This Is The High-Tech Jacket Keeping The USA Olympic Team Warm
The U.S. Olympic Team got a serious winter-ready wardrobe upgrade for this year's games in South Korea. Of course, style and aesthetics are chiefly regarded as an important factor when designing the jacket, but this year’s games invite a somewhat more novel consideration into the mix: warmth.
With temperatures in South Korea expecting to plummet to an almost unfathomable 7 degrees with wind chill, this year’s Olympics are expected to break the record for coldest games in history since the 1994 Norway games. Athletes have trained under intense conditions to prepare for their performances under the spotlight, but the inclement weather have many wondering how the extreme cold will weather interfere with their safety and performance? Well, Team USA made a proactive decision to invest in some high-tech gear to help battle frigid temperatures.
Designer Ralph Lauren, the official outfitter of the 2018 games, teamed up with engineers to design a parka jacket and bomber jacket set equipped with self-warming and heat-tech capabilities. "We knew about the cold and hit on the idea of using wearable technology to keep our athletes warm," Ralph Lauren’s chief innovation officer David Lauren told Scientific American.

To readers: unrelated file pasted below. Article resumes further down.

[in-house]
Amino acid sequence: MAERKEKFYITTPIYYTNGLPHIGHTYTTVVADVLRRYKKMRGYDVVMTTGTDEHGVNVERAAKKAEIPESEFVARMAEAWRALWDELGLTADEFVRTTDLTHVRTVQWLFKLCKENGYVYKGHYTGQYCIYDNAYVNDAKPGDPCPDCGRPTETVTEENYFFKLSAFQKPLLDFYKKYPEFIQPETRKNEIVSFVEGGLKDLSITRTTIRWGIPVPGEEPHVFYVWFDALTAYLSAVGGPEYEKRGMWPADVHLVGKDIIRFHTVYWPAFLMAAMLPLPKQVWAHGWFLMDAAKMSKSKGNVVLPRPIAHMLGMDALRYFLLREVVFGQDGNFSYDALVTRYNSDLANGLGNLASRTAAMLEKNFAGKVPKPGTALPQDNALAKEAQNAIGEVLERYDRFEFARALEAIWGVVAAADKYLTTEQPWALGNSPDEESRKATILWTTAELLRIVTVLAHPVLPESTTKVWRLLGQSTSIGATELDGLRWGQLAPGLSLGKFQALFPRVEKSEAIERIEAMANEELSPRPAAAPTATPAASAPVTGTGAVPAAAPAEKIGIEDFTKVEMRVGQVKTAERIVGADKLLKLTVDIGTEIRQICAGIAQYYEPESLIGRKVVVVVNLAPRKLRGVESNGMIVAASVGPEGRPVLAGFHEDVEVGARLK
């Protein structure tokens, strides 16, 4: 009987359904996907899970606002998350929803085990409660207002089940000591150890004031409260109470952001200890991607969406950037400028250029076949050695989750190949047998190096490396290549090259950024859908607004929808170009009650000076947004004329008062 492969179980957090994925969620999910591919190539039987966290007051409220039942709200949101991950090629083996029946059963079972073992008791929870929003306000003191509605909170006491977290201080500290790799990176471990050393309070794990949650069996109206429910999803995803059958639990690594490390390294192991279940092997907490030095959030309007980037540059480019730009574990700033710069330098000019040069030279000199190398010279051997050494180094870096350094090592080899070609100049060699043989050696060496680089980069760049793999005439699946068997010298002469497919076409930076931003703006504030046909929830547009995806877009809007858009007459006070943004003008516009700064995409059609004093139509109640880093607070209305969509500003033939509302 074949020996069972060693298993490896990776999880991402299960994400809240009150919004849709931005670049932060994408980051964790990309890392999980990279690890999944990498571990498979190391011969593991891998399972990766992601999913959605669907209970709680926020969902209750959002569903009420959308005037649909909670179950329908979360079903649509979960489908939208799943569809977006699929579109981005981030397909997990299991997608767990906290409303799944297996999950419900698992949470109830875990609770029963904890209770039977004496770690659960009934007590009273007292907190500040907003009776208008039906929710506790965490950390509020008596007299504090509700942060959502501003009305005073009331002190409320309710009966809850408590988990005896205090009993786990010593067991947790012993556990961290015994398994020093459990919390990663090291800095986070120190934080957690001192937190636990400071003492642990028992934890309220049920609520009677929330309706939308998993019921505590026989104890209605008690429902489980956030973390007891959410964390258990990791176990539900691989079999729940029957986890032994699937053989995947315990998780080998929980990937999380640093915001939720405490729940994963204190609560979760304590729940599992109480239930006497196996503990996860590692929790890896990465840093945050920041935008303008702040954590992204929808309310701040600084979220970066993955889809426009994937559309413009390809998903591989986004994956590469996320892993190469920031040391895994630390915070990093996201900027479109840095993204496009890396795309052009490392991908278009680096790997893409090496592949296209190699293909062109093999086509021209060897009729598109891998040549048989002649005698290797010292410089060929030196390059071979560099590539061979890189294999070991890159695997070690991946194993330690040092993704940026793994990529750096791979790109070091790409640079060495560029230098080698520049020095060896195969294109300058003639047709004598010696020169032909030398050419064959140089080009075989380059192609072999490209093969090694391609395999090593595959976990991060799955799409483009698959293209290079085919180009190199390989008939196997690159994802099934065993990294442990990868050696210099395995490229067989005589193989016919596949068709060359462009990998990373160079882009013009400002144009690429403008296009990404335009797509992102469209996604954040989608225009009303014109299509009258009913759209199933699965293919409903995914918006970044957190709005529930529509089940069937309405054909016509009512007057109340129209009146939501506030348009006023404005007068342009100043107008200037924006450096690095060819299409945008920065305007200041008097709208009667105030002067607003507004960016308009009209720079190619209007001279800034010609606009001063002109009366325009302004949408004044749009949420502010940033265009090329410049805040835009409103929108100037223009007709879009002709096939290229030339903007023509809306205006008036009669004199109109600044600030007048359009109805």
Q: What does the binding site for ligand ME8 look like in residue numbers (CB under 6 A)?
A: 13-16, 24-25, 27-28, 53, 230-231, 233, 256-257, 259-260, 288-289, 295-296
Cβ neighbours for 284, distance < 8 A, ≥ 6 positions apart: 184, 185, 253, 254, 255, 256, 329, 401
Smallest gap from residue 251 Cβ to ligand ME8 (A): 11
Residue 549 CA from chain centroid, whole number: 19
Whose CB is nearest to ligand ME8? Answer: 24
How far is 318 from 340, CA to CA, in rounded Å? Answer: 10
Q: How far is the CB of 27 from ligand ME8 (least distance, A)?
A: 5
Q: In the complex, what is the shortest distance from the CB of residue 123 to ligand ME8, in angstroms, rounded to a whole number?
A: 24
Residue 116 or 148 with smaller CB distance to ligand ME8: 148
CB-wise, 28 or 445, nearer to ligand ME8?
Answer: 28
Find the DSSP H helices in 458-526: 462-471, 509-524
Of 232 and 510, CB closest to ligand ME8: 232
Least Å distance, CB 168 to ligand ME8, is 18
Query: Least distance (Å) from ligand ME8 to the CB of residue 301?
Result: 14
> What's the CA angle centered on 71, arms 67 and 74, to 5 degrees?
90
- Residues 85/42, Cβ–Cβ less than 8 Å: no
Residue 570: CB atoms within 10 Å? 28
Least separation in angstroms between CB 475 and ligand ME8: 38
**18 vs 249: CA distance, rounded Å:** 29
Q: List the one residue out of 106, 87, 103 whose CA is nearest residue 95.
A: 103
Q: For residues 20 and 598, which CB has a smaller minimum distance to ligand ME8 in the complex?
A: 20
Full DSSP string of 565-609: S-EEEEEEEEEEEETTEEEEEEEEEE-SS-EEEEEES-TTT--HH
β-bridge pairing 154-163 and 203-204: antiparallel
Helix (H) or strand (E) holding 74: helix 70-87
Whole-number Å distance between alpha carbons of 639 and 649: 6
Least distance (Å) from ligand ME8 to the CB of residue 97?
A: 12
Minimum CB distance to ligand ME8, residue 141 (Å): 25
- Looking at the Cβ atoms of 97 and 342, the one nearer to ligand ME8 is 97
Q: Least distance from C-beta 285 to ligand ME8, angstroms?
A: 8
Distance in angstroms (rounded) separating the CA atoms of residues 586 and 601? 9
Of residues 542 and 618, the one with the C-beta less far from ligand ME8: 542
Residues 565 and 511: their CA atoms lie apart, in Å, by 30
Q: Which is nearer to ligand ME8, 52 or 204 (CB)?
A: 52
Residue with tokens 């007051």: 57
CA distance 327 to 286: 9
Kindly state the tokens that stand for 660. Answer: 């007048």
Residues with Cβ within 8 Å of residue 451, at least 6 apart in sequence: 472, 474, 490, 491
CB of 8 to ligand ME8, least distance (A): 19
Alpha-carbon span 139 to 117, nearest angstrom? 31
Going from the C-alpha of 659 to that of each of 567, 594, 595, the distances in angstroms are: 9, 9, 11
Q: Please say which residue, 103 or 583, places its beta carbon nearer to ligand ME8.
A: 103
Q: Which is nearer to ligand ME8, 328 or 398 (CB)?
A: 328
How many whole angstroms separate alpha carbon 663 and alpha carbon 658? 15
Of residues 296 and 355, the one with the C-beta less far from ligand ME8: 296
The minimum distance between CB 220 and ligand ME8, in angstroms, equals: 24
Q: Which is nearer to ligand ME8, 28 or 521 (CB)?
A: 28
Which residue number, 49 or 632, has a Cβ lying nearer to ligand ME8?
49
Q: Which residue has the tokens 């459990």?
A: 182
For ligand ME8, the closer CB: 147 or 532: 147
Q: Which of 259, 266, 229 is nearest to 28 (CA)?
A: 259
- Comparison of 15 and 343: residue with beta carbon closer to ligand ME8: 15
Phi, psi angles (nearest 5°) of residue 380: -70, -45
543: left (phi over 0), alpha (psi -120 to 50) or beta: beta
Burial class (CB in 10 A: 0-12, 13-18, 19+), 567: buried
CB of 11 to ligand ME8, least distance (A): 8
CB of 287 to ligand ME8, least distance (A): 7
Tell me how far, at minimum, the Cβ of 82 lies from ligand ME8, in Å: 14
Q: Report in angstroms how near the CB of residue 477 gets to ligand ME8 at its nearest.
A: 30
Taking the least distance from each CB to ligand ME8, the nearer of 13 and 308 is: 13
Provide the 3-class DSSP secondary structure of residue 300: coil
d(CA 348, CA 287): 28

The jacket operate similarly to an electric blanket—but instead of wires, there’s an invisible ink woven into the interior of the red, white, and blue flag, located on the outside. The jacket is also powered by a separate lithium battery pack that’s sewn into the garment. Once turned on, electrons pulse throughout the ink until they hit a carbon-resistive pad that in turn jump-starts the production of heat. When charged, it can last up to 11 hours. Despite the high-grade technology, athletes will have to activate the jacket’s self-warming capabilities by adjusting the temperatures up or down on the smartphone app.
And in the case that the weather spikes above or drops below reported temperatures, the designers stress-tested the jackets in meat freezers to ensure that they would withstand temperatures as low as 20 below zero.
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